Nuclear-Deal Fallout: Russia Sells S-300 Weapons to Iran

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In a Senate hearing last week, the State Department’s third-ranking official issued a stern warning to the Kremlin concerning its planned sale of the S-300 air defense system to Iran. “We have made it very clear to the Russians,” declared Under Secretary for Political Affairs Thomas Shannon, “that we consider this to be a bad move, that we consider it to be destabilizing and not in keeping with what we’ve been trying to accomplish, not only through the JCPOA, but broadly in terms of our engagement with Iran.”

Vladimir Putin begs to differ. Yesterday, to the sound of crickets at Foggy Bottom, Tehran announced that Moscow had delivered the first part of the surface-to-air missile system. The Russian leader’s defiance should come as no surprise. After all, Putin is trying to accomplish very different things from what the State Department wants, not only through the nuclear agreement, formally known as the Joint Comprehensive Plan of Action (JCPOA), but broadly in terms of his engagement with Iran.

The Russian and Iranian regimes typically describe the S-300 as a defensive weapon, and so it is. It can shoot down planes or cruise missiles up to 90 miles away and would complicate any American or Israeli effort to bomb Iran’s nuclear sites. But the S-300 also constitutes an offensive system, and it harbors the potential to shift the military balance of power in the region, which is yet another reason Tehran wants it so badly — and Moscow, one of its most important allies, remains eager to sell it.

For example, Iran could move the truck-mounted and highly mobile S-300 to support its Houthi proxies in Yemen, which could then shoot down Saudi fighter jets. Putin himself has referred to such a possibility, noting last year, during a call-in TV show in Russia, that the S-300 could serve as “a deterrent factor in connection with the situation in Yemen.” Tehran could also export the system to the Assad regime or the terrorist group Hezbollah, which could then use it to deter Israeli air strikes from across the Lebanese or Syrian border. Alternatively, if Iran positioned the S-300 on its southern border, it could detect American and allied military flights in nearby bases and disrupt civilian air traffic.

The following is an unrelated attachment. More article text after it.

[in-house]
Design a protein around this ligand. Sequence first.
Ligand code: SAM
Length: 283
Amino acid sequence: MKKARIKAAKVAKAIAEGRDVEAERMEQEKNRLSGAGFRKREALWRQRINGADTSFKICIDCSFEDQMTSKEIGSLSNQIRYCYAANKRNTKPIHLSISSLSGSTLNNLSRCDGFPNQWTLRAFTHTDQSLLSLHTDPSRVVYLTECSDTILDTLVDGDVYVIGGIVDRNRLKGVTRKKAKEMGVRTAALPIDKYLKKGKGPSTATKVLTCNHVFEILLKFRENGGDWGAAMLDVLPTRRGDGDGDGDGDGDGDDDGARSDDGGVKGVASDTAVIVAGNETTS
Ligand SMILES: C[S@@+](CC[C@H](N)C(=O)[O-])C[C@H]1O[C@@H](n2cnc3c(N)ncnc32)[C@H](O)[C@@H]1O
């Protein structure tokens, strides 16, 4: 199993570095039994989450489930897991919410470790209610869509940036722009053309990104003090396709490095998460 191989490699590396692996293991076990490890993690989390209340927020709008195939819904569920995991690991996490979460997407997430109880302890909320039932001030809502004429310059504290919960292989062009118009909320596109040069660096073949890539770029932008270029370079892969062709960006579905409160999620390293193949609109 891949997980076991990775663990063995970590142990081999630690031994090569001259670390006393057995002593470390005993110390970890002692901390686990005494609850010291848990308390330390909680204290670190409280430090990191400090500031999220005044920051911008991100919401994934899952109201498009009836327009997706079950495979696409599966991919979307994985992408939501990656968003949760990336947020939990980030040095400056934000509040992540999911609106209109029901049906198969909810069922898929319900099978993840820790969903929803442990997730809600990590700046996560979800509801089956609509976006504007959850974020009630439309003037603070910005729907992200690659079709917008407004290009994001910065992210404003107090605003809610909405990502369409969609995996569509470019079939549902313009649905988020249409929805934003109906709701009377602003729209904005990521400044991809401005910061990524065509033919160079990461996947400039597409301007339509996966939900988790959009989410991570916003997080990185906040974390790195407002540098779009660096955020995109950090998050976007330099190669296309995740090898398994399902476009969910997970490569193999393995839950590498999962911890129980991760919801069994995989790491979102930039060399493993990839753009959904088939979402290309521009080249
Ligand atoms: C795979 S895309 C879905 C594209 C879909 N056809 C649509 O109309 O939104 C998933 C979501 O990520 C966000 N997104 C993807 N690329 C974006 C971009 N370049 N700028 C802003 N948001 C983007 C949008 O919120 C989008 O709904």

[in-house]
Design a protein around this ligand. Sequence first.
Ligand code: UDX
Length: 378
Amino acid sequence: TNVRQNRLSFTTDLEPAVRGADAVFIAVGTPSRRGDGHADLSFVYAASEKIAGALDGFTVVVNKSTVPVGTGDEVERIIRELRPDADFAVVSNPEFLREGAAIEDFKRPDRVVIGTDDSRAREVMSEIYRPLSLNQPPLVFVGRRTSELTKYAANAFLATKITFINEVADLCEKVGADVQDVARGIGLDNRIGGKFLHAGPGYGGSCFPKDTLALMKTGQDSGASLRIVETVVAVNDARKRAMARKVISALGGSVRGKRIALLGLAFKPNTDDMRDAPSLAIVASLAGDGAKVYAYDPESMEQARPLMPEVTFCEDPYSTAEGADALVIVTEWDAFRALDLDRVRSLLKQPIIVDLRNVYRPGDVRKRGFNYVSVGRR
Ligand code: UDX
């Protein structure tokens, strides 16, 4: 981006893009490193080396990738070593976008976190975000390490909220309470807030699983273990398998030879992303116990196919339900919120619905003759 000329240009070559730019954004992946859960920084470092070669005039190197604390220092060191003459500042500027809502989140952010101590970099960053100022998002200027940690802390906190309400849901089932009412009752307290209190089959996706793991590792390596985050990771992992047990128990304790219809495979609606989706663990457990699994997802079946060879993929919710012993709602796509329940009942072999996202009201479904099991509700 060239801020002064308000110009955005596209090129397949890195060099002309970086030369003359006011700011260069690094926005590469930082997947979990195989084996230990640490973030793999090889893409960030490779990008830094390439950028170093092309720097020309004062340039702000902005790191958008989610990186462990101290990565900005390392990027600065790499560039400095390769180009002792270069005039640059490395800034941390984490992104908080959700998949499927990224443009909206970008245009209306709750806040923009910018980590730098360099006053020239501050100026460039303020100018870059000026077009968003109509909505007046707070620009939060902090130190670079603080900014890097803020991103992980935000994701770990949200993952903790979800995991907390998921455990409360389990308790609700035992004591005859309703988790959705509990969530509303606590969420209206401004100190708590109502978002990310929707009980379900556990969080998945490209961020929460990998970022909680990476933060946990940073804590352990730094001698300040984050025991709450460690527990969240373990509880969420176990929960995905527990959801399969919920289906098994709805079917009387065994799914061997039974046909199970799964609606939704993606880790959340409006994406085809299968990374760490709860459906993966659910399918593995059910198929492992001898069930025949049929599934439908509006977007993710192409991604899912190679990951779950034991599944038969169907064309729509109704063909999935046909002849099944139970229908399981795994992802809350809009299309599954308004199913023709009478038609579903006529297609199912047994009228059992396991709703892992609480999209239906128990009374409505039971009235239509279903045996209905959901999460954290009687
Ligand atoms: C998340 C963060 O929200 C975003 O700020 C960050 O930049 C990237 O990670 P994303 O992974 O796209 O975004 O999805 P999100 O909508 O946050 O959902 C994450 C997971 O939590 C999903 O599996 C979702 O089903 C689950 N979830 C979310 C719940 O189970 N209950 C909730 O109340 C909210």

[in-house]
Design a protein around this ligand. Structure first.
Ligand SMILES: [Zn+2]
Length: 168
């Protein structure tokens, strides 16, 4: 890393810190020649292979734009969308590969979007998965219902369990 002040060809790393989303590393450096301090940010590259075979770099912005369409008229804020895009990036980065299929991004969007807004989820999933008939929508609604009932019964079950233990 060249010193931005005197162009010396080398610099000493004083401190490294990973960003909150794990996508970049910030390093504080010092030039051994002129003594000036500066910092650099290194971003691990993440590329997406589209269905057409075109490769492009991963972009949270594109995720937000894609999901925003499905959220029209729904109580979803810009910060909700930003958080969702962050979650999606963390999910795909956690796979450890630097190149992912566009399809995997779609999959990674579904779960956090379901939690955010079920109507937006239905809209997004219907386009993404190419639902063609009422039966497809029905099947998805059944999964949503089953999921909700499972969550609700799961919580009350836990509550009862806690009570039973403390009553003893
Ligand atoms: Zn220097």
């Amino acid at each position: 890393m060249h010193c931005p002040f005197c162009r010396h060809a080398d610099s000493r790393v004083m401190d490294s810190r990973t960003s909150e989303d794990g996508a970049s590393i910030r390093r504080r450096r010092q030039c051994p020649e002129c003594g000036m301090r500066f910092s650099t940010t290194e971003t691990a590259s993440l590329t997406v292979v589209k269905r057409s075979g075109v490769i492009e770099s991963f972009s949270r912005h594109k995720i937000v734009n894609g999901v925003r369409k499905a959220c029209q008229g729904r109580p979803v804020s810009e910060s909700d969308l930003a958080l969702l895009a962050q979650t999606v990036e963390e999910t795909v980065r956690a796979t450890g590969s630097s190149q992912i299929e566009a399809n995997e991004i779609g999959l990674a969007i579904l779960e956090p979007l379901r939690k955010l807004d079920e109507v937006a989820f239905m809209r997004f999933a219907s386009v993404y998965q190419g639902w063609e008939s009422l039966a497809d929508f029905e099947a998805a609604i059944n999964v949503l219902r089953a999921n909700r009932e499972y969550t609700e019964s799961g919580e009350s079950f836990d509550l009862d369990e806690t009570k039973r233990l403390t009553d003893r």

In effect, the S-300 enables Tehran to threaten the airspace of its neighbors. In this sense, Russia’s own use of the S-300 functions as a model. As Will Cathcart, a former media adviser to the president of Georgia, observed last April at the Daily Beast: “Putin has sent S-300 missile systems to Crimea and just about every breakaway Russia region on the map. This is not to protect those regions, of course. The point of the S-300 is to project power and achieve armed tactical control over the airspace of those territories.”

The S-300 sale to Iran thus serves mutually reinforcing Iranian and Russian goals. For Tehran, the system facilitates its quest for regional dominance, which relies primarily on proxies in the Gulf and the Levant. For Moscow, the system enables it to project power in the Middle East through its Iranian ally, combat Western influence, and ultimately advance its revanchist ambition to undermine American global leadership. Moreover, the $800 million purchase will provide a much-needed injection of cash into the Russian economy.

In large measure, our adversaries can thank the nuclear agreement for their good fortune. The ayatollahs and the Kremlin originally signed the S-300 contract in 2007, but Moscow froze the sale in 2010 following the passage of U.N. Security Council Resolution 1929, which called on states to “exercise vigilance and restraint” in selling weapons to Iran. However, in April 2015, just days after Iran and world powers reached an interim agreement that prefigured the final nuclear deal, Putin lifted the ban.

And why not? Russia recognized that the nuclear deal, in its own way, inaugurated a tectonic shift in the region’s geopolitical equilibrium that favors both Moscow and Tehran at the expense of the United States and its allies. By lifting international sanctions on the Islamist regime, the pact would spur Iran’s emergence from global isolation, enable the regime to increase financial support for its terrorist proxies, deter attacks from hostile states, and reduce America’s leverage to influence its policies.

Meanwhile, the Obama administration continues to labor under the delusion that the nuclear deal may yet moderate the regime. As Under Secretary Shannon noted in last week’s hearing, “it is our hope and our intent that as we pursue the JCPOA and as Iran begins to connect with our colleagues in the European Union and elsewhere, that the positive impact of that connection or connectivity is going to have a political effect in Iran.”

The S-300 sale ought to quash these hopes. In fact, from their own perspective, Russia and Iran consider the transaction to be a good move that combats the region’s true source of instability: the United States. Their actions have made that very clear. Perhaps it’s time for the United States to start listening.

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